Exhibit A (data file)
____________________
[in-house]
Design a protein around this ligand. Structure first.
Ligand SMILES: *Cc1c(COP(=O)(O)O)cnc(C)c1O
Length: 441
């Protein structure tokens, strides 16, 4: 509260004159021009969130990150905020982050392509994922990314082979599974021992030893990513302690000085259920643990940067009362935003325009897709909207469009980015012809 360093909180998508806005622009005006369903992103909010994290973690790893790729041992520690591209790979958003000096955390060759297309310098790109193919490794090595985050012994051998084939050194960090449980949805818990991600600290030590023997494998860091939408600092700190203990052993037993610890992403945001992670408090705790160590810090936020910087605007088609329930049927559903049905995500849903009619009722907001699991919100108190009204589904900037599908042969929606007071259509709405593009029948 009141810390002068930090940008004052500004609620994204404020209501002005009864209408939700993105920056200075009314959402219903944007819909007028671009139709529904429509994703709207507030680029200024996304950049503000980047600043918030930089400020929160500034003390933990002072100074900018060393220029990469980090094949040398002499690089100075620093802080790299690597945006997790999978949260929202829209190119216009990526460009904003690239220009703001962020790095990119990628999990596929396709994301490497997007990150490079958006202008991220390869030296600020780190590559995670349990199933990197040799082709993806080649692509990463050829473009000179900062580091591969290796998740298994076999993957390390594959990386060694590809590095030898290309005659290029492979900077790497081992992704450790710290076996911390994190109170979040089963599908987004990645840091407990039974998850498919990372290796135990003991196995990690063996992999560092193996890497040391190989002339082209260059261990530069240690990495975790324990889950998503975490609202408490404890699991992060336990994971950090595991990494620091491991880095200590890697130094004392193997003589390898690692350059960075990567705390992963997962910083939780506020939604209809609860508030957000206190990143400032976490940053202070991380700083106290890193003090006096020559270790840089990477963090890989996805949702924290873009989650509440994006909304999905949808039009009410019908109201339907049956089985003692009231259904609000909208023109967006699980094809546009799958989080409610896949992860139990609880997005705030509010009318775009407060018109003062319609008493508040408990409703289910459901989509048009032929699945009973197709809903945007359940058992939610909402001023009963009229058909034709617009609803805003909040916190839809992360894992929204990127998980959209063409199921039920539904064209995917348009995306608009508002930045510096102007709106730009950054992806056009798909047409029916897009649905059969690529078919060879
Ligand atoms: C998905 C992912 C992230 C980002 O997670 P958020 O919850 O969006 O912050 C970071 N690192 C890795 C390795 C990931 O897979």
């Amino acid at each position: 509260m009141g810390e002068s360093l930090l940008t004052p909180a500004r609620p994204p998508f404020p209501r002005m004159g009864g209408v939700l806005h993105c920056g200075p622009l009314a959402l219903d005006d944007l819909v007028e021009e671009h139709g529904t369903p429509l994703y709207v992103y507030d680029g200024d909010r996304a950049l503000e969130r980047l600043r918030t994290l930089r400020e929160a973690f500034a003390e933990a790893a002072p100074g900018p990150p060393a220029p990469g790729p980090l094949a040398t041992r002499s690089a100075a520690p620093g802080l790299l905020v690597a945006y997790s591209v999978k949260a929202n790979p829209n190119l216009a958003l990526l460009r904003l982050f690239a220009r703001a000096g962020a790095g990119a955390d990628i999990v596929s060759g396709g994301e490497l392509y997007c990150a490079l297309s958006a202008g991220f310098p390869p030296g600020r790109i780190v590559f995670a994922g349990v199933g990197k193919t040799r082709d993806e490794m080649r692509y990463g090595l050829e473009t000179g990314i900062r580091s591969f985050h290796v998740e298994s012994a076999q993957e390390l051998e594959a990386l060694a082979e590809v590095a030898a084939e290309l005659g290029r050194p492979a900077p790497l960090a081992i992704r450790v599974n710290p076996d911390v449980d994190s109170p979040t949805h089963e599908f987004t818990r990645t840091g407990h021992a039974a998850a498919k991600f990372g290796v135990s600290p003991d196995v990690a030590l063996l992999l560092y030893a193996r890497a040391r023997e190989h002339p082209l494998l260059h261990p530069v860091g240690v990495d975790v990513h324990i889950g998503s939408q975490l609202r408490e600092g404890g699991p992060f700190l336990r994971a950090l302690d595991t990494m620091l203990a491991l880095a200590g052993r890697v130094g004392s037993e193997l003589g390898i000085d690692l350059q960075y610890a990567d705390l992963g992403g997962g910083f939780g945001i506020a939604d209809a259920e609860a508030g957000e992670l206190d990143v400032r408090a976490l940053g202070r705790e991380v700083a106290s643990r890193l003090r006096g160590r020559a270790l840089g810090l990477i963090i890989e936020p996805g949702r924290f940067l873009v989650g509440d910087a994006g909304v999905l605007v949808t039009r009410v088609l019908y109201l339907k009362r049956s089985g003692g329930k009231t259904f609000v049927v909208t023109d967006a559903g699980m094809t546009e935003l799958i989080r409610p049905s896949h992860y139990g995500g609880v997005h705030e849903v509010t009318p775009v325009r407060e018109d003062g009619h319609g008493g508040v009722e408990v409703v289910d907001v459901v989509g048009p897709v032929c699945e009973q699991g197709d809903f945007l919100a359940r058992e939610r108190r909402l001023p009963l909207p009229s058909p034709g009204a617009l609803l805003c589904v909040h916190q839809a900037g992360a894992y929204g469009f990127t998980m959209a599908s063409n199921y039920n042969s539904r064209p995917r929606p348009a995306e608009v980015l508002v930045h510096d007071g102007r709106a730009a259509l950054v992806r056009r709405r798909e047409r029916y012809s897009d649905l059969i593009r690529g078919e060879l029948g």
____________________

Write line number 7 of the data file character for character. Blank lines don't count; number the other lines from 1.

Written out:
């Amino acid at each position: 509260m009141g810390e002068s360093l930090l940008t004052p909180a500004r609620p994204p998508f404020p209501r002005m004159g009864g209408v939700l806005h993105c920056g200075p622009l009314a959402l219903d005006d944007l819909v007028e021009e671009h139709g529904t369903p429509l994703y709207v992103y507030d680029g200024d909010r996304a950049l503000e969130r980047l600043r918030t994290l930089r400020e929160a973690f500034a003390e933990a790893a002072p100074g900018p990150p060393a220029p990469g790729p980090l094949a040398t041992r002499s690089a100075a520690p620093g802080l790299l905020v690597a945006y997790s591209v999978k949260a929202n790979p829209n190119l216009a958003l990526l460009r904003l982050f690239a220009r703001a000096g962020a790095g990119a955390d990628i999990v596929s060759g396709g994301e490497l392509y997007c990150a490079l297309s958006a202008g991220f310098p390869p030296g600020r790109i780190v590559f995670a994922g349990v199933g990197k193919t040799r082709d993806e490794m080649r692509y990463g090595l050829e473009t000179g990314i900062r580091s591969f985050h290796v998740e298994s012994a076999q993957e390390l051998e594959a990386l060694a082979e590809v590095a030898a084939e290309l005659g290029r050194p492979a900077p790497l960090a081992i992704r450790v599974n710290p076996d911390v449980d994190s109170p979040t949805h089963e599908f987004t818990r990645t840091g407990h021992a039974a998850a498919k991600f990372g290796v135990s600290p003991d196995v990690a030590l063996l992999l560092y030893a193996r890497a040391r023997e190989h002339p082209l494998l260059h261990p530069v860091g240690v990495d975790v990513h324990i889950g998503s939408q975490l609202r408490e600092g404890g699991p992060f700190l336990r994971a950090l302690d595991t990494m620091l203990a491991l880095a200590g052993r890697v130094g004392s037993e193997l003589g390898i000085d690692l350059q960075y610890a990567d705390l992963g992403g997962g910083f939780g945001i506020a939604d209809a259920e609860a508030g957000e992670l206190d990143v400032r408090a976490l940053g202070r705790e991380v700083a106290s643990r890193l003090r006096g160590r020559a270790l840089g810090l990477i963090i890989e936020p996805g949702r924290f940067l873009v989650g509440d910087a994006g909304v999905l605007v949808t039009r009410v088609l019908y109201l339907k009362r049956s089985g003692g329930k009231t259904f609000v049927v909208t023109d967006a559903g699980m094809t546009e935003l799958i989080r409610p049905s896949h992860y139990g995500g609880v997005h705030e849903v509010t009318p775009v325009r407060e018109d003062g009619h319609g008493g508040v009722e408990v409703v289910d907001v459901v989509g048009p897709v032929c699945e009973q699991g197709d809903f945007l919100a359940r058992e939610r108190r909402l001023p009963l909207p009229s058909p034709g009204a617009l609803l805003c589904v909040h916190q839809a900037g992360a894992y929204g469009f990127t998980m959209a599908s063409n199921y039920n042969s539904r064209p995917r929606p348009a995306e608009v980015l508002v930045h510096d007071g102007r709106a730009a259509l950054v992806r056009r709405r798909e047409r029916y012809s897009d649905l059969i593009r690529g078919e060879l029948g």